This is the first study describing that CD8 T-cells, stimulated by a vaccine (and without the help of other immune cells and antibodies), offer protection against the virus that causes Covid-19. ‘However, we are not suggesting that antibodies are no longer needed,’ says Arens. ‘Despite focusing on antibodies, current vaccines also increase T-cells. You really need both to fight the virus, so combining vaccines could be a potentially good option.’
These findings are particularly interesting for individuals with a weakened immune system, such as patients who undergo transplants or who have reduced B cells (the factories that make antibodies). Researchers are also considering broader applications for the technology. Arens: ‘In general, I think booster vaccinations that elicit a strong CD8 T-cell response are a promising strategy to improve future vaccination programs.’ Now, Arens and colleagues are investigating the role of T-cells in current mRNA vaccines to find out whether the new vaccine would work in humans. To this end, they have initiated collaborations with a number of companies and hope to eventually bring a product to the market.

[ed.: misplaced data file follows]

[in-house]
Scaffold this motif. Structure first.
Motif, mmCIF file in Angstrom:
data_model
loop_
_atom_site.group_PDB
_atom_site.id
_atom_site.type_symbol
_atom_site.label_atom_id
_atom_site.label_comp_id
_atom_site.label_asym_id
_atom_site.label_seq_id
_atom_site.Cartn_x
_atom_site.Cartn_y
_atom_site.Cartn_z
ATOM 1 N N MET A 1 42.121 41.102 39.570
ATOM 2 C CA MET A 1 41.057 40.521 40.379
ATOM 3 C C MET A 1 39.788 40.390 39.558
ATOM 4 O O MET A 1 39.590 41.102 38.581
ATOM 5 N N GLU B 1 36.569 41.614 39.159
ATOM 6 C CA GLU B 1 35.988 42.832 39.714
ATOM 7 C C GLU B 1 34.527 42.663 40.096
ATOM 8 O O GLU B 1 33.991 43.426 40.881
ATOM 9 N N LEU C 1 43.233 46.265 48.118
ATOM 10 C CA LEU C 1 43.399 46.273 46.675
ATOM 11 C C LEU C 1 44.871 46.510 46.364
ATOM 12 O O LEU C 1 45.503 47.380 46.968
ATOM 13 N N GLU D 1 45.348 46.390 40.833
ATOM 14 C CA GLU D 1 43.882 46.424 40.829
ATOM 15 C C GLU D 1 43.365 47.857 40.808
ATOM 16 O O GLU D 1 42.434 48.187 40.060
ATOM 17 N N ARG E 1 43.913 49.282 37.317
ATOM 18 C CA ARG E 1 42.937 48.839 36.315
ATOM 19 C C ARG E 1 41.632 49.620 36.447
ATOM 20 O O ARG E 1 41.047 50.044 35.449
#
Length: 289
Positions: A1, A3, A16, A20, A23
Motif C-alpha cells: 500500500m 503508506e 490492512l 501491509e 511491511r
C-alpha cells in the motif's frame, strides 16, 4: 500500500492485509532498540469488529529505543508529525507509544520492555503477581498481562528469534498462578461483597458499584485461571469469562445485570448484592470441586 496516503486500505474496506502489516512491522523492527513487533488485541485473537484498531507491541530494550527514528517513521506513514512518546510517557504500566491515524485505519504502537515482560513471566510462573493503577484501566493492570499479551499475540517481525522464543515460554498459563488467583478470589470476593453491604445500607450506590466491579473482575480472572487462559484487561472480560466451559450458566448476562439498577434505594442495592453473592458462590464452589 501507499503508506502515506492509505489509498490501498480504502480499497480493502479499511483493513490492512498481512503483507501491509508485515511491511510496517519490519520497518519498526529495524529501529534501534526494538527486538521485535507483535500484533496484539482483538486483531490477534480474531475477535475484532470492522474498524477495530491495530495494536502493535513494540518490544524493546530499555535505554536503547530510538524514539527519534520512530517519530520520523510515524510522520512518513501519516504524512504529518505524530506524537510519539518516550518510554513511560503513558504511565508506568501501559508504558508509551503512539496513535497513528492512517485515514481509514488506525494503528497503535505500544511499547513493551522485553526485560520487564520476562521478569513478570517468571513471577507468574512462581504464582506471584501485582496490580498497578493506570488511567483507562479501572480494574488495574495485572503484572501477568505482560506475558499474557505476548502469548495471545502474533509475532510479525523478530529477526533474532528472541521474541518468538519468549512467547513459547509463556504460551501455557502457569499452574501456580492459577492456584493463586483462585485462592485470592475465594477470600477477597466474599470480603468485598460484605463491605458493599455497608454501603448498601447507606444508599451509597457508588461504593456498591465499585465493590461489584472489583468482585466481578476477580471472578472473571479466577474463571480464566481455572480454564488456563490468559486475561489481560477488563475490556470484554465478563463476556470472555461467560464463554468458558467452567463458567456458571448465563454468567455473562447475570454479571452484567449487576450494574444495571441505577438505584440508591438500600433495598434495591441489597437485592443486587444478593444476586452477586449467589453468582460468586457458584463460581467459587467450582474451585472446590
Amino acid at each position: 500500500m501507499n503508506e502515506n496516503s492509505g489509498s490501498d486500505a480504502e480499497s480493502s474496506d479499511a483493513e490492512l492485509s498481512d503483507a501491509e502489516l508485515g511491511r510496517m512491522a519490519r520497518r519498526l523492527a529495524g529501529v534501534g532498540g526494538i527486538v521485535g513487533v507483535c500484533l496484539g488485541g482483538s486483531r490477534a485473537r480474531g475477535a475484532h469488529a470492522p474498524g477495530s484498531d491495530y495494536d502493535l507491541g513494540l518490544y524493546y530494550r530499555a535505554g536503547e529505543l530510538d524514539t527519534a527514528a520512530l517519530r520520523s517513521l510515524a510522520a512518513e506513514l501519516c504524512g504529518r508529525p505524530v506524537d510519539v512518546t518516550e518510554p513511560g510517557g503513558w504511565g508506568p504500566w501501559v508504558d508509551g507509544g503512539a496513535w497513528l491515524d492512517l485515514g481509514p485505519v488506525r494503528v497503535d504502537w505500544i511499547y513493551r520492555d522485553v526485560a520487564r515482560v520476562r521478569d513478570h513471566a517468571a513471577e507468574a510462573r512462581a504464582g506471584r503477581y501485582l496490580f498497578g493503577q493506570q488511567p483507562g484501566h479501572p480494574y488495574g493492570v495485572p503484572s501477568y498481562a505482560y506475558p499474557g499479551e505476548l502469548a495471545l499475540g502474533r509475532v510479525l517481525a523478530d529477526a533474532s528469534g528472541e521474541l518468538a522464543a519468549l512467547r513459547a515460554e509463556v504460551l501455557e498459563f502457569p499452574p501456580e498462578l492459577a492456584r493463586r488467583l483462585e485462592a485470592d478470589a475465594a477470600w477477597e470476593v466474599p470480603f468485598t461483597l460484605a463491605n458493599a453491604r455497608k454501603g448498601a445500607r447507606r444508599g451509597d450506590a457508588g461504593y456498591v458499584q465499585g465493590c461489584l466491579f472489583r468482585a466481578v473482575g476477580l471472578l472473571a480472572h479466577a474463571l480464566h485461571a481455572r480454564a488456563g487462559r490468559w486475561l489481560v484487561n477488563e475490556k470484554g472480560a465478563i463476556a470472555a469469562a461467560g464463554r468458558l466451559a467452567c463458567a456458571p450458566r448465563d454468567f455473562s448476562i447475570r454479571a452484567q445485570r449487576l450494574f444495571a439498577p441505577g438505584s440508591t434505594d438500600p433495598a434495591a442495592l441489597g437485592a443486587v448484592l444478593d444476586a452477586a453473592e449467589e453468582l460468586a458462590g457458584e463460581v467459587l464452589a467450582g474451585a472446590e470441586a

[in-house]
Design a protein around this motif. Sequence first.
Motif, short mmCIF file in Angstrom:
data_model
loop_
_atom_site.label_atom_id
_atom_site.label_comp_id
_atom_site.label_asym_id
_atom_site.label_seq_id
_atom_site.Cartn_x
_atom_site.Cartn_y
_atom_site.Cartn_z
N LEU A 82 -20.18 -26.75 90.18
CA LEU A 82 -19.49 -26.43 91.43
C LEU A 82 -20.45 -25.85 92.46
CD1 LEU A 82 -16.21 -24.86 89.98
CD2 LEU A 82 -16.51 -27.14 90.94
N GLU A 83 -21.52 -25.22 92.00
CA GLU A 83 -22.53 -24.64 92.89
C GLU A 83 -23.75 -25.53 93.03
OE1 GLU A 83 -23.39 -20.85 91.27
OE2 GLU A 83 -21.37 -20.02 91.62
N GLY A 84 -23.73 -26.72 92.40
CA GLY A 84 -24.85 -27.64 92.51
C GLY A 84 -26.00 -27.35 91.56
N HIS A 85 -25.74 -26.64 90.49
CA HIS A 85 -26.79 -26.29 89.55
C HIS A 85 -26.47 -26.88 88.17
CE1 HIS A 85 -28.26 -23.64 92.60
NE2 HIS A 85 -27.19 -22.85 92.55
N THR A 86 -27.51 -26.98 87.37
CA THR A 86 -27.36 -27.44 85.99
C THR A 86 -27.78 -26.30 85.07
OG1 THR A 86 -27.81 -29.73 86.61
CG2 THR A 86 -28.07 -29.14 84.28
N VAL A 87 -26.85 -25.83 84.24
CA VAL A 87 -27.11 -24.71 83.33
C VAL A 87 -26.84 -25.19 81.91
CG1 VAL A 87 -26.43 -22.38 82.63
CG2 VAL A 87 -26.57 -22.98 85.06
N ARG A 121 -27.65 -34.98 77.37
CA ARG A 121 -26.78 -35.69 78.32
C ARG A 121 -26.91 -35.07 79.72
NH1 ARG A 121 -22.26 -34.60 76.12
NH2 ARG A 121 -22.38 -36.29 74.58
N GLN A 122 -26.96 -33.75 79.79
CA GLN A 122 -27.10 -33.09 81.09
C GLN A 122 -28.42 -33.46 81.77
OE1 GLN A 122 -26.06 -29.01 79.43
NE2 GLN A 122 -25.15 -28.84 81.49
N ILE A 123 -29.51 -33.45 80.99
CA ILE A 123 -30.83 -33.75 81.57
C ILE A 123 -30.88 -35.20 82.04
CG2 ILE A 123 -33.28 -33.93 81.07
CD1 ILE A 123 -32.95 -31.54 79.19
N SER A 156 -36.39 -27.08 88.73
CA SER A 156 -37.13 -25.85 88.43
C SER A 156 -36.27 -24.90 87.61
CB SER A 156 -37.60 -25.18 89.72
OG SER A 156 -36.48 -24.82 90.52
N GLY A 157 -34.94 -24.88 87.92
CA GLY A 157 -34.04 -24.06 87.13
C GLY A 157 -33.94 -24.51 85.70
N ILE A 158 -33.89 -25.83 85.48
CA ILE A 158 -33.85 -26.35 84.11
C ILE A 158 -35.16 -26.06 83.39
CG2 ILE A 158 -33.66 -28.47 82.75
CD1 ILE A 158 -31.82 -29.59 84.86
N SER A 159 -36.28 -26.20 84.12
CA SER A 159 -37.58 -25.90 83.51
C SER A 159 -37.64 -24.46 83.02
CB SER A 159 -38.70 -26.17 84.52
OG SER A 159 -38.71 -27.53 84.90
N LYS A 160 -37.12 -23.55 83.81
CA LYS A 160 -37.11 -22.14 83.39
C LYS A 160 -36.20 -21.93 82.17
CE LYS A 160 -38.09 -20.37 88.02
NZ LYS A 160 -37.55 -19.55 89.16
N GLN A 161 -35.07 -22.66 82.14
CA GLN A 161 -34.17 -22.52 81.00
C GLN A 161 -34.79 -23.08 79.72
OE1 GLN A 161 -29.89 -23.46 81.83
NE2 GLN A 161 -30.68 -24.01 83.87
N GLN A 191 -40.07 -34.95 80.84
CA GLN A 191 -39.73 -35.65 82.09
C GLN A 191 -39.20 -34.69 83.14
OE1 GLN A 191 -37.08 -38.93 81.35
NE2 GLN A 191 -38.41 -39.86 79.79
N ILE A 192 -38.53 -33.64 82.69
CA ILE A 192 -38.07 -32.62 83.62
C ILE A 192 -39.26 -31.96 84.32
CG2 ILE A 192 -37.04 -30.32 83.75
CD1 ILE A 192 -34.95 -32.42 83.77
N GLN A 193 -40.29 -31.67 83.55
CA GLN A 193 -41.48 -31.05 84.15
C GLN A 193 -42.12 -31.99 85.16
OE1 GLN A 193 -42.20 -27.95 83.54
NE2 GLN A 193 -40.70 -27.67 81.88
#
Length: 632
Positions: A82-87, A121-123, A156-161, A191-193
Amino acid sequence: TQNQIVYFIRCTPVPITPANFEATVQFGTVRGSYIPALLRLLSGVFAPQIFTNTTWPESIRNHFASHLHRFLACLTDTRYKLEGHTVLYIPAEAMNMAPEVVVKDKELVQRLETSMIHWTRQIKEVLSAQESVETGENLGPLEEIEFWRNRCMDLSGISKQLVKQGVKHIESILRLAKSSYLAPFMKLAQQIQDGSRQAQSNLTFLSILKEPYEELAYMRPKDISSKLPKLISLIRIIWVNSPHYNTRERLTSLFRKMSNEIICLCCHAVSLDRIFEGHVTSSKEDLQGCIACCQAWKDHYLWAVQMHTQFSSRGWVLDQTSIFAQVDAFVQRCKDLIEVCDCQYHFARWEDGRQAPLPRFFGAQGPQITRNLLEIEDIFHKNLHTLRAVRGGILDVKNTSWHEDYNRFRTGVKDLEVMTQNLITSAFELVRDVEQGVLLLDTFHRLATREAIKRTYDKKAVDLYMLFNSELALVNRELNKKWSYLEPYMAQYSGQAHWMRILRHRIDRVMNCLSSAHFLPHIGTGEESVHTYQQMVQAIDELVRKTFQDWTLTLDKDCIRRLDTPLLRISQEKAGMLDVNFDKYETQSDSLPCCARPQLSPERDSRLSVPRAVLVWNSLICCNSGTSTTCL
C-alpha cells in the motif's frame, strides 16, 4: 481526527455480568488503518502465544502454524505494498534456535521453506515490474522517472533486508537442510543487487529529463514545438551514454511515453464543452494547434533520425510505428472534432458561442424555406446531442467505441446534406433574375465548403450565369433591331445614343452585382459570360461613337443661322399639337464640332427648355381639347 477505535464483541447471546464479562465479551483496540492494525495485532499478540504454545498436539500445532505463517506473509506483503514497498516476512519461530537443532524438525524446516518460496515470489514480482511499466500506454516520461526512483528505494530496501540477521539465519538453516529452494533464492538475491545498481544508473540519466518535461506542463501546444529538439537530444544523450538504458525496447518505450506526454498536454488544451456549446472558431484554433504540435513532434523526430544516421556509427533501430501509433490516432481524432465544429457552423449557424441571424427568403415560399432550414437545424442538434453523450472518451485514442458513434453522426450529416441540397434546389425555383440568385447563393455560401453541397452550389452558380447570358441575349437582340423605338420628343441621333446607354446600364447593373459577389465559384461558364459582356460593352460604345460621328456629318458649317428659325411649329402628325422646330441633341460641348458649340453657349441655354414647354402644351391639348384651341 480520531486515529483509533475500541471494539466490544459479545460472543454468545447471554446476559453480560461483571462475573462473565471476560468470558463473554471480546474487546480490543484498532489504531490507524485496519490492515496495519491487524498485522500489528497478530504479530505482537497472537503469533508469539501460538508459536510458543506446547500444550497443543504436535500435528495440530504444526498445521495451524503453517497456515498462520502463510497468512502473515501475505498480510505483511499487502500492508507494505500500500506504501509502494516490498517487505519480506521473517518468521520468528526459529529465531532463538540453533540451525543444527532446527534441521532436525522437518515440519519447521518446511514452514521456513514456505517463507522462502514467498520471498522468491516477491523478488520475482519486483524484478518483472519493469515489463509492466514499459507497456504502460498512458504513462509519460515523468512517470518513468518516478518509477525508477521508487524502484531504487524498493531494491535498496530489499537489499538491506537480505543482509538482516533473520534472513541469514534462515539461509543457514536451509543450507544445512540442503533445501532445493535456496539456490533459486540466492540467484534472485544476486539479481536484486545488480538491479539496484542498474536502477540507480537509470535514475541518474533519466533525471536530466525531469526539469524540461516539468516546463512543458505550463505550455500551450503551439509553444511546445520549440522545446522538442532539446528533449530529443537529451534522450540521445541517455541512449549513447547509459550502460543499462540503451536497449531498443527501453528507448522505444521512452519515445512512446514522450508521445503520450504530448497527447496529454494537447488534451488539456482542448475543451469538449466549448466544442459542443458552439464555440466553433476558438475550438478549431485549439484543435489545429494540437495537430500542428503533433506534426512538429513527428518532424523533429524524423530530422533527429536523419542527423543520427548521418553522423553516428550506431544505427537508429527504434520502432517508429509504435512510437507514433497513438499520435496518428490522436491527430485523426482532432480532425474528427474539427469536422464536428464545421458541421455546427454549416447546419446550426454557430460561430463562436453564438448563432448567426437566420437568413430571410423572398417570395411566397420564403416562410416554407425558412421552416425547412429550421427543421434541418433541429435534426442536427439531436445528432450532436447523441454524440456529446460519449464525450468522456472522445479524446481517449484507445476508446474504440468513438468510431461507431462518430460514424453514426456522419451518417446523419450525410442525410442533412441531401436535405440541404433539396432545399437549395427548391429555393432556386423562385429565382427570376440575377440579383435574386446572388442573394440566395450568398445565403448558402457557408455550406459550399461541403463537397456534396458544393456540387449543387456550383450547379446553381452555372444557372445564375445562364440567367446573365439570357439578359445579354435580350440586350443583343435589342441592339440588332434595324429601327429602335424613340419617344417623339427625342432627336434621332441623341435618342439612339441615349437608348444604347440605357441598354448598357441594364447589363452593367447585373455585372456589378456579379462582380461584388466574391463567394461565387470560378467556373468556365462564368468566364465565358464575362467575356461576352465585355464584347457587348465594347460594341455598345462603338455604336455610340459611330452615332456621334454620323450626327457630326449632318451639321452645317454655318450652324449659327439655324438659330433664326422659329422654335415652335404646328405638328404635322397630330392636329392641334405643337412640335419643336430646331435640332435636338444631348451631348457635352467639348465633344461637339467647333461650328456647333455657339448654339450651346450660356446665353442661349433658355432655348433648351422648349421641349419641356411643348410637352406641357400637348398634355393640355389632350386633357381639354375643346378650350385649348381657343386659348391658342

Source: Leiden University
Source: Healthcare in Europe